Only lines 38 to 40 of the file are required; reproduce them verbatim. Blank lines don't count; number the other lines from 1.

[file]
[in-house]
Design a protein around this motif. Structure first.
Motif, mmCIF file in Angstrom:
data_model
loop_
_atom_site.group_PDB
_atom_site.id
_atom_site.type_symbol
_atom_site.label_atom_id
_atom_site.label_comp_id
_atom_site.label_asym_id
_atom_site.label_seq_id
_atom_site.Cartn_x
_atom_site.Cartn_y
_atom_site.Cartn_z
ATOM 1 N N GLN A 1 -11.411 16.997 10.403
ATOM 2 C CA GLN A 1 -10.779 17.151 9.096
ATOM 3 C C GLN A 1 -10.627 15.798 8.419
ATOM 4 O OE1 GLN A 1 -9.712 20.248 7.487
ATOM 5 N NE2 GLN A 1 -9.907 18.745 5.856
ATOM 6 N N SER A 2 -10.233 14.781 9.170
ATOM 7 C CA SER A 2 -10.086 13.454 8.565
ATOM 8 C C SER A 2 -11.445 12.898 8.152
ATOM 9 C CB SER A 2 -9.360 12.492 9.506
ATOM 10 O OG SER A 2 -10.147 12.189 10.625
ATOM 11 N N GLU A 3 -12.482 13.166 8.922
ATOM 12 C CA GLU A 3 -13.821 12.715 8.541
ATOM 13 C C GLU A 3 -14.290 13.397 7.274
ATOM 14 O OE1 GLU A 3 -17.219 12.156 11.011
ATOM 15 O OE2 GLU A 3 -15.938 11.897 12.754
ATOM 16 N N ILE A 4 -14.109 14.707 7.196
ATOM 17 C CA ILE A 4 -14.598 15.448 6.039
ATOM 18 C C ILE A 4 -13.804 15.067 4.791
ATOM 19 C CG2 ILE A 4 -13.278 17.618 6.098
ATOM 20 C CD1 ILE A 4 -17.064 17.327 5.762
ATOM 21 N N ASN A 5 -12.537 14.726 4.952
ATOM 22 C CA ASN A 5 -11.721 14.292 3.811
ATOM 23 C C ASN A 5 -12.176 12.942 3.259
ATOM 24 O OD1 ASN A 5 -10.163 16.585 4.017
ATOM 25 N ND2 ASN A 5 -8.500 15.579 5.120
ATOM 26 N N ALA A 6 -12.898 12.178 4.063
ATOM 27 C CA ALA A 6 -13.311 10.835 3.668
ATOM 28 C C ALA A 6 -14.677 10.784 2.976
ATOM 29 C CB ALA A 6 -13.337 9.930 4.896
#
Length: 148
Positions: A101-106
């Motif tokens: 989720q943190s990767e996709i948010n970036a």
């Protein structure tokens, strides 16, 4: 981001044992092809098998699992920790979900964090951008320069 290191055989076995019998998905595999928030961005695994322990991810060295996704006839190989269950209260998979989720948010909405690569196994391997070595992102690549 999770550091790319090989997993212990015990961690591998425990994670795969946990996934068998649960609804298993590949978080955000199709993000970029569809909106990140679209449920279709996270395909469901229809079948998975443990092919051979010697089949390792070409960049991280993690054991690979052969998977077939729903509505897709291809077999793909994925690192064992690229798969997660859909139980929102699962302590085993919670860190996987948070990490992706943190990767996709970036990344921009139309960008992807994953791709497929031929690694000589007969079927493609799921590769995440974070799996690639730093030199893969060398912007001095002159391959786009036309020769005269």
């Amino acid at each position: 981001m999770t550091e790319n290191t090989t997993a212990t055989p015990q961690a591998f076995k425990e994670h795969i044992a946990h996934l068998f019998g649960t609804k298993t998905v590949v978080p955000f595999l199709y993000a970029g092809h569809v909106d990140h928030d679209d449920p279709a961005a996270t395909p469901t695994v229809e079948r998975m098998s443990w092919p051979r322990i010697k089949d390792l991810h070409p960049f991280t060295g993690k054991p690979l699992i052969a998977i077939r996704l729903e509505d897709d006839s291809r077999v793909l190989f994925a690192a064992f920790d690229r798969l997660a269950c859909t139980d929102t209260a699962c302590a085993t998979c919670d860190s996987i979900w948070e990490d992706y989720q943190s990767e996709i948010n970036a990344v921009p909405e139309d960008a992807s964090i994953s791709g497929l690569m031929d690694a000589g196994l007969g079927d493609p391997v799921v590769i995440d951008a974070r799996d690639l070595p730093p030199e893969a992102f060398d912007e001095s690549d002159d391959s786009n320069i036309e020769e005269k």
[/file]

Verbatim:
ATOM 23 C C ASN A 5 -12.176 12.942 3.259
ATOM 24 O OD1 ASN A 5 -10.163 16.585 4.017
ATOM 25 N ND2 ASN A 5 -8.500 15.579 5.120